BLM Protesters Demand Justice for Shukri Yayhe-Abdi
The Black Lives Matter movement that is currently gripping the globe and the UK has turned its attention to demand justice for Shukri Yayhe-Abdi, a young girl in Manchester who was a victim of racist bullies before she was tragically drowned.
Protests against racism have been staged all week with activists proclaiming that “the UK is not innocent” in terms of its treatment of black people and people of colour, and that police brutality and racism is not solely an American problem.
Activists are demanding an investigation be conducted and reopened into Shurki Yahya Abdi’s death, a refugee schoolgirl who was born in a Kenyan refugee camp to Somalian parents. Shurki, a 12-year-old girl living in Bury, Greater Manchester, was found dead after drowning last June. It then emerged that she was being severely bullied. Her Mother, Zamzam Canab Ture, said staff at Broad Oak School did not take the complaints seriously.
Shurki, a 12-year-old girl living in Bury, Greater Manchester, was found dead after drowning last June. It then emerged that she was being severely bullied.
In February an inquest heard how one of the children out of the four at the scene, two of whom may have been Shukri’s bullies, stood ‘laughing’ as the girl fought for her life in the river. Child Four, as he is known for legal reasons, jumped into the water in a bid to save Shukri, but couldn’t find her.
A new online petition is demanding Greater Manchester Police conduct a “full transparent investigation” around her death due to the alleged “failure to address incidents of bullying”. Police had previously stated they were not treating her death as suspicious. An inquest heard that Shukri drowned in the River Irwell, close to Bury town centre.
The police had implied the 12-year-old may have wanted to “cool off” in the river, yet Shurki’s family stated she couldn’t swim and was terrified of water. Her death was ruled an accident within two weeks of investigating. Following a complaint against GM Police that officers had ended the investigation prematurely and had treated relatives differently due to their ethnic background, the case was reopened by The Independent Office for Police Conduct (IOPC).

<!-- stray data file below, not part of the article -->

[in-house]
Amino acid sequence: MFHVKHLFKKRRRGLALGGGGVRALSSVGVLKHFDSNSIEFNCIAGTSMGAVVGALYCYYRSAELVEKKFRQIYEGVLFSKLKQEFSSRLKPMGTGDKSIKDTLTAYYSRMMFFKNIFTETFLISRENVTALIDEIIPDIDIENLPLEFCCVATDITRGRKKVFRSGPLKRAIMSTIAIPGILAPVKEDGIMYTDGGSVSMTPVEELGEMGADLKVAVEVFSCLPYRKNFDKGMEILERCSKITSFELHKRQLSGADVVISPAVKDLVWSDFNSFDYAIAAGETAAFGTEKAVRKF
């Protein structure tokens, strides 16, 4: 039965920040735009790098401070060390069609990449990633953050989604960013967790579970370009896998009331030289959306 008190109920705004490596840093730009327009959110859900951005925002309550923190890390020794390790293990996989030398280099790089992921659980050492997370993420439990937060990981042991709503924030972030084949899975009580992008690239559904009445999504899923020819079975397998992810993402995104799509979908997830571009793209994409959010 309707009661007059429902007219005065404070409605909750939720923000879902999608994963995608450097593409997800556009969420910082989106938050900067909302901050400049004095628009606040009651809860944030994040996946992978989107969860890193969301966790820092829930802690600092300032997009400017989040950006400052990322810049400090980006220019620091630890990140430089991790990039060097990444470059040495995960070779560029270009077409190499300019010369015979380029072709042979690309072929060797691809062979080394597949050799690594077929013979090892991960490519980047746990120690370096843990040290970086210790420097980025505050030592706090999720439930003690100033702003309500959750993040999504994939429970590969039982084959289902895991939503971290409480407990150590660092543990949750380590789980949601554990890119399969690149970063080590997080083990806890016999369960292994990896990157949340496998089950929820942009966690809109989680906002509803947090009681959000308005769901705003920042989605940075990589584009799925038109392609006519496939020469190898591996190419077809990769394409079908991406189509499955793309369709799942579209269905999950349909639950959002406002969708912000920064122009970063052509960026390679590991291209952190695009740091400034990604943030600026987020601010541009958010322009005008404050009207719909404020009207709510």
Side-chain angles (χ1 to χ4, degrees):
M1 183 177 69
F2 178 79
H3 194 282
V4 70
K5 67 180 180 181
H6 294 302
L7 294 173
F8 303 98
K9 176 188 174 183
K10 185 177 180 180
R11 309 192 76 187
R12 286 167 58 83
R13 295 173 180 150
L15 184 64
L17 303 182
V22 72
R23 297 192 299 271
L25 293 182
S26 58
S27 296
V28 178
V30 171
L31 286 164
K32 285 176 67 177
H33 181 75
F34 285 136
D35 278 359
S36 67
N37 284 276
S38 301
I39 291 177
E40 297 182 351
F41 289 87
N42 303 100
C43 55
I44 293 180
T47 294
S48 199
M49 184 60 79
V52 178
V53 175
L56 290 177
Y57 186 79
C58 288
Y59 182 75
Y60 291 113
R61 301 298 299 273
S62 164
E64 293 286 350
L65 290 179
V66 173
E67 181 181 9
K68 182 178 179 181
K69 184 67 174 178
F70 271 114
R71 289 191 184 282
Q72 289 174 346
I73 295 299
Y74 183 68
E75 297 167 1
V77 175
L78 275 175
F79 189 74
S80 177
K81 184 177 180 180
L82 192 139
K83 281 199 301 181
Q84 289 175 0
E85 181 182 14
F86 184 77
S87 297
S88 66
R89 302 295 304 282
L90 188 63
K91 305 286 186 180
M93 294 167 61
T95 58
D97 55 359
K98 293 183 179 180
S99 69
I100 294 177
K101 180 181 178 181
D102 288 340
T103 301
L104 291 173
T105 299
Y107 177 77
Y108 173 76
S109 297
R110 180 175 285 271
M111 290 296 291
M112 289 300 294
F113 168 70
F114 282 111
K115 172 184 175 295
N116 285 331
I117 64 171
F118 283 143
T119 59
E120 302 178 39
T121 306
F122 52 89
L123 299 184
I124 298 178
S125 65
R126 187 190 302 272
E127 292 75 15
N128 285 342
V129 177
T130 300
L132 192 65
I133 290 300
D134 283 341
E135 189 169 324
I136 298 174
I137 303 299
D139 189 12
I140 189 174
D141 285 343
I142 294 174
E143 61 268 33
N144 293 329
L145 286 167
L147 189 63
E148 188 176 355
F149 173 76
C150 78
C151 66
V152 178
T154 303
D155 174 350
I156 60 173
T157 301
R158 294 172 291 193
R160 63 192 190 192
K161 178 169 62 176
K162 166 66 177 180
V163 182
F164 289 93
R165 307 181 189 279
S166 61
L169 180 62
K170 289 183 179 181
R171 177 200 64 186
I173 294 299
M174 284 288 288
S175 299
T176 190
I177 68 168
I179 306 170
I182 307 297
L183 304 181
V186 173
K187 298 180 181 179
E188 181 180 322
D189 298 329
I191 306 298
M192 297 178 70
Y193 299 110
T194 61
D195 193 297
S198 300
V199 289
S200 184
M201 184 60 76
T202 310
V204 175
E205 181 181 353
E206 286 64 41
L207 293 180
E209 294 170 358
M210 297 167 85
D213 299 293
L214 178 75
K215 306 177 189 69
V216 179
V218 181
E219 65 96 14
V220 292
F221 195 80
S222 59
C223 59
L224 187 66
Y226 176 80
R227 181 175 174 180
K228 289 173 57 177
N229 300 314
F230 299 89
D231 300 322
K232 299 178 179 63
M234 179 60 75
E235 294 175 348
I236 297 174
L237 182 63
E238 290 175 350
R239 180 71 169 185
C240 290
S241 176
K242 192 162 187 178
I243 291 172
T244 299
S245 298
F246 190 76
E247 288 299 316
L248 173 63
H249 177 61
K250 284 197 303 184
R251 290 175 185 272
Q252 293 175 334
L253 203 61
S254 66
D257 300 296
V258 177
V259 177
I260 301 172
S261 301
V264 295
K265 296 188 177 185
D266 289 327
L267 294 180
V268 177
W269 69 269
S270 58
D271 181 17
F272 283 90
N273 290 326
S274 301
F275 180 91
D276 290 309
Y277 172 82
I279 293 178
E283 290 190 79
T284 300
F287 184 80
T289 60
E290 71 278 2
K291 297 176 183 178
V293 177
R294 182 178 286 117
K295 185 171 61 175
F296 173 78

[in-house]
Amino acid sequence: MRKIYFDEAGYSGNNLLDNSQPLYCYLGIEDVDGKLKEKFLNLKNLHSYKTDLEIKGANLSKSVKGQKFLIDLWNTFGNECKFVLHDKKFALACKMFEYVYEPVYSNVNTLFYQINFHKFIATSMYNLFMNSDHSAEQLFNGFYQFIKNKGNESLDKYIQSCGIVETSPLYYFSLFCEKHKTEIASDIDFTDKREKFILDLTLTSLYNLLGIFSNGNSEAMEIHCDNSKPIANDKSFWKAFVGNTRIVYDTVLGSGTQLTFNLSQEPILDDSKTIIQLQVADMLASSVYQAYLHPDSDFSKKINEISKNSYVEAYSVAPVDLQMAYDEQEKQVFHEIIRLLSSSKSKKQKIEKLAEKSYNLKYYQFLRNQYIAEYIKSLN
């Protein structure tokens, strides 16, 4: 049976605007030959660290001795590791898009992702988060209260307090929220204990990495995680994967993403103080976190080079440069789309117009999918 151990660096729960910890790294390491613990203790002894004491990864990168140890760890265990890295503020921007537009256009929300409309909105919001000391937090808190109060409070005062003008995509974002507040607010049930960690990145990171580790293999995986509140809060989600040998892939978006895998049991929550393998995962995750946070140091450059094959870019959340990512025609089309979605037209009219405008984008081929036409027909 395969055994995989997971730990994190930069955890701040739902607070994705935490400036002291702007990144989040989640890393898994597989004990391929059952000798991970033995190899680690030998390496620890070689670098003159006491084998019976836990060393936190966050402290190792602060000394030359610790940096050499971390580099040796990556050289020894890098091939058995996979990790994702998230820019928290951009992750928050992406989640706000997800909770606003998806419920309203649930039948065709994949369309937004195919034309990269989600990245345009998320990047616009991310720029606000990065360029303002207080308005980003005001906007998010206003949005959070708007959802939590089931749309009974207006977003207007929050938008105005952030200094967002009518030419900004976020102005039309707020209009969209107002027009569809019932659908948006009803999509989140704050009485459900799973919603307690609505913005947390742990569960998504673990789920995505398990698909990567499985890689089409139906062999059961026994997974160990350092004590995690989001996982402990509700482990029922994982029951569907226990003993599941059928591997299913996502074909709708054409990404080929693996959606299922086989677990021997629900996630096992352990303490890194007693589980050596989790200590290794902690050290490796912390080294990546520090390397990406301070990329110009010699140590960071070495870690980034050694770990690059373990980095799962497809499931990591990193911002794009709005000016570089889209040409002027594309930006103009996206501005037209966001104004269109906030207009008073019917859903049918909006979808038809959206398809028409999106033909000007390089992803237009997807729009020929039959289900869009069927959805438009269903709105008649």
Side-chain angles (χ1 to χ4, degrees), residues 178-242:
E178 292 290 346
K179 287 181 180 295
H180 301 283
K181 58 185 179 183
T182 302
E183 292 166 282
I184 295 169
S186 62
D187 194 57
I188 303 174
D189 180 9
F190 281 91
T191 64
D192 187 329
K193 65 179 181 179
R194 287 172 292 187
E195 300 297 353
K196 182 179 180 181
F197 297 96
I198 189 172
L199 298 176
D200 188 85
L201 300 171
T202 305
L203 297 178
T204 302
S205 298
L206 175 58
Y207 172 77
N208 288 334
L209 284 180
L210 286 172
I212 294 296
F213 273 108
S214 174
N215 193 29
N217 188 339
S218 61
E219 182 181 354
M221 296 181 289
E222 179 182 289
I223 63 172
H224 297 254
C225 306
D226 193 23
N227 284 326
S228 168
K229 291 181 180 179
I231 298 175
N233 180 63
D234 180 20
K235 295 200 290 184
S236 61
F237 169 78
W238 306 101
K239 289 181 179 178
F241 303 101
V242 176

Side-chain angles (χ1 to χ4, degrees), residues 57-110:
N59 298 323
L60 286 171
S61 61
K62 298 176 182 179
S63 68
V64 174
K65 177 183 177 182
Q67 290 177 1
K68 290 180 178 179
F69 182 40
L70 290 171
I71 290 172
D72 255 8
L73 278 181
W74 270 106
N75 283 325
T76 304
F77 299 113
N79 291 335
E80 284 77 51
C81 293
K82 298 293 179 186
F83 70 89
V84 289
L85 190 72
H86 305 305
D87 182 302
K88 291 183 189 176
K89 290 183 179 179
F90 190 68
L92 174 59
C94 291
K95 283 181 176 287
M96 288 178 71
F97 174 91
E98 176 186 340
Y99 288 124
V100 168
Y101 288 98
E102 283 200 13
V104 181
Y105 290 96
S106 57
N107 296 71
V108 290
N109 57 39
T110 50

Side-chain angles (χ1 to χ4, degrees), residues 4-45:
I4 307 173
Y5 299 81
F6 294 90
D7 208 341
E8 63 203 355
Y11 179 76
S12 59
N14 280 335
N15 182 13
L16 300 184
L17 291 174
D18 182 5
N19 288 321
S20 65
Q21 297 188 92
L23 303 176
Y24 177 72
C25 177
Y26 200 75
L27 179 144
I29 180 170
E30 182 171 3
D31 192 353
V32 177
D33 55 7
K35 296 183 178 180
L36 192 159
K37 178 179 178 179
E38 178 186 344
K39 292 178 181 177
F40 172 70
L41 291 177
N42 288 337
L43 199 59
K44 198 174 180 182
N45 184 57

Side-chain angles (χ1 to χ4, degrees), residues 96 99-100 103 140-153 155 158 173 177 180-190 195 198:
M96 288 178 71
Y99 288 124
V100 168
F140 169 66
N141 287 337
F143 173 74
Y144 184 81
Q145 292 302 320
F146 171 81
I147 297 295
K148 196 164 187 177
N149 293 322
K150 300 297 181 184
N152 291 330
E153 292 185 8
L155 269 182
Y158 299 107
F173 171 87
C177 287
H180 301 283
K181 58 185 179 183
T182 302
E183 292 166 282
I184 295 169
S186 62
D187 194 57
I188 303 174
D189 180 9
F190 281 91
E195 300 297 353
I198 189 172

Shurki’s tragic death was acknowledged at Black Lives Matter protests in Birmingham, with protest organiser Sirad Arten stating: “We feel Shukri’s death was not dealt with accordingly.”
Zamzam Ture fled a Kenyan refugee camp with Shurki and her three siblings before arriving in Bury in 2017. The family were resettled in the UK as part of the Vulnerable Person’s Resettlement Scheme.
Broad Oak School has been criticised for upholding a “culture of bullying” amongst students and staff. Human rights activist Bashir Ibrahim said: “What extra protections and support was given to this young girl and her family to help her acclimatise and integrate into the school? It’s not just about giving them housing. It’s about holistic care.”
An inquest heard how one of the children out of the four at the scene who may have been one of Shukri’s bullies, stood ‘laughing’ as the girl fought for her life in the river.
Ibrahim added that Shurki was “failed” when alive and is “still being failed now she’s dead.”
Shukri’s family, activists and lawyers have been fighting for the case to be re-examined. Ayan Aden, an activist who assisted in organising protests to raise awareness and demand justice for Sukri, criticised the lack of consideration the government and local authorities have when resettling refugees.
Aden labelled the authorities in the UK as “indifferent to her life.”
As a vulnerable refugee, Shurki and her family arrived in Britain with the hope of a fresh start in a safe place, but all it brought was tragedy
Nimo Omer said: “The death of Sukri Yahya Abdi was a deadly cocktail of social issues.”
The mayor of Greater Manchester, Andy Burnham, has since said he will “look into the case” after having received 6,000 emails about her death.
As a vulnerable refugee, Shurki and her family arrived in Britain with the hope of a fresh start in a safe place, but all it brought was tragedy. Recent years have seen horrific bullying in UK schools as bullies target refugee students, a deadly consequence as children and teenagers soak up the hostile language and behaviour towards refugees from our politicians, media and their communities. It’s innocent children like Shurki Yahya who are paying the price.